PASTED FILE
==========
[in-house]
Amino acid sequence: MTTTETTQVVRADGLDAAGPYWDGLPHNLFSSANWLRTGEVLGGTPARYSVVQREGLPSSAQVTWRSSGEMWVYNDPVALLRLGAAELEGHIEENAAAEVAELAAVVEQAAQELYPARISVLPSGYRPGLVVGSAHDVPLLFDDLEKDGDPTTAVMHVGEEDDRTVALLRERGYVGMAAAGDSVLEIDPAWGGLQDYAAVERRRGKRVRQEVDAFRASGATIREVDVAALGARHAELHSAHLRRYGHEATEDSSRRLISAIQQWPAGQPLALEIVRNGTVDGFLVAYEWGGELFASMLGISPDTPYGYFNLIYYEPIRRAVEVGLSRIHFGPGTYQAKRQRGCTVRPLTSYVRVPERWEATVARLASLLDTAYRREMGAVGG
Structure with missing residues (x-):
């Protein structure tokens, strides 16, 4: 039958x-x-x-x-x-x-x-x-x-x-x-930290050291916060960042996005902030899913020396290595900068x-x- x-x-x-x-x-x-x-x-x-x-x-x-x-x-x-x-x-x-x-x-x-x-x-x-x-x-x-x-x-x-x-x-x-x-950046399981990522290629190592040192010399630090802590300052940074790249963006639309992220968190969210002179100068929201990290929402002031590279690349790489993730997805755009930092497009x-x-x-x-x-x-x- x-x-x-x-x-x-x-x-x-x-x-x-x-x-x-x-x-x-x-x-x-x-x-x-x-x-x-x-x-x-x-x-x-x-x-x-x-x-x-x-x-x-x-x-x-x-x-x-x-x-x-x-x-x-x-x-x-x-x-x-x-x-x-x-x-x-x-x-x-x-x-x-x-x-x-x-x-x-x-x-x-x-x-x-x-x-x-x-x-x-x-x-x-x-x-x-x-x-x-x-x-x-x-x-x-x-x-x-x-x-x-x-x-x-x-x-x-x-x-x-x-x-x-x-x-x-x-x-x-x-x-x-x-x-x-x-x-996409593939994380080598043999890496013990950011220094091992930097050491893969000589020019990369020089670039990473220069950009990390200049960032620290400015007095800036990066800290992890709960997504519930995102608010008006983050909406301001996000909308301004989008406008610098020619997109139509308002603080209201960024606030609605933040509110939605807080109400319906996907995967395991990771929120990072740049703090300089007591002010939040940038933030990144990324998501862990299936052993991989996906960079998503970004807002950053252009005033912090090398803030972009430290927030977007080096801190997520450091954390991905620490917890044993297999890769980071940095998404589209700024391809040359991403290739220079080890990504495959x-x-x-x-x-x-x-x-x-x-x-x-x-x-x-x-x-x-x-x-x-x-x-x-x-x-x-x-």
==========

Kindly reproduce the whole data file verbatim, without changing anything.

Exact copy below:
[in-house]
Amino acid sequence: MTTTETTQVVRADGLDAAGPYWDGLPHNLFSSANWLRTGEVLGGTPARYSVVQREGLPSSAQVTWRSSGEMWVYNDPVALLRLGAAELEGHIEENAAAEVAELAAVVEQAAQELYPARISVLPSGYRPGLVVGSAHDVPLLFDDLEKDGDPTTAVMHVGEEDDRTVALLRERGYVGMAAAGDSVLEIDPAWGGLQDYAAVERRRGKRVRQEVDAFRASGATIREVDVAALGARHAELHSAHLRRYGHEATEDSSRRLISAIQQWPAGQPLALEIVRNGTVDGFLVAYEWGGELFASMLGISPDTPYGYFNLIYYEPIRRAVEVGLSRIHFGPGTYQAKRQRGCTVRPLTSYVRVPERWEATVARLASLLDTAYRREMGAVGG
Structure with missing residues (x-):
């Protein structure tokens, strides 16, 4: 039958x-x-x-x-x-x-x-x-x-x-x-930290050291916060960042996005902030899913020396290595900068x-x- x-x-x-x-x-x-x-x-x-x-x-x-x-x-x-x-x-x-x-x-x-x-x-x-x-x-x-x-x-x-x-x-x-x-950046399981990522290629190592040192010399630090802590300052940074790249963006639309992220968190969210002179100068929201990290929402002031590279690349790489993730997805755009930092497009x-x-x-x-x-x-x- x-x-x-x-x-x-x-x-x-x-x-x-x-x-x-x-x-x-x-x-x-x-x-x-x-x-x-x-x-x-x-x-x-x-x-x-x-x-x-x-x-x-x-x-x-x-x-x-x-x-x-x-x-x-x-x-x-x-x-x-x-x-x-x-x-x-x-x-x-x-x-x-x-x-x-x-x-x-x-x-x-x-x-x-x-x-x-x-x-x-x-x-x-x-x-x-x-x-x-x-x-x-x-x-x-x-x-x-x-x-x-x-x-x-x-x-x-x-x-x-x-x-x-x-x-x-x-x-x-x-x-x-x-x-x-x-x-996409593939994380080598043999890496013990950011220094091992930097050491893969000589020019990369020089670039990473220069950009990390200049960032620290400015007095800036990066800290992890709960997504519930995102608010008006983050909406301001996000909308301004989008406008610098020619997109139509308002603080209201960024606030609605933040509110939605807080109400319906996907995967395991990771929120990072740049703090300089007591002010939040940038933030990144990324998501862990299936052993991989996906960079998503970004807002950053252009005033912090090398803030972009430290927030977007080096801190997520450091954390991905620490917890044993297999890769980071940095998404589209700024391809040359991403290739220079080890990504495959x-x-x-x-x-x-x-x-x-x-x-x-x-x-x-x-x-x-x-x-x-x-x-x-x-x-x-x-």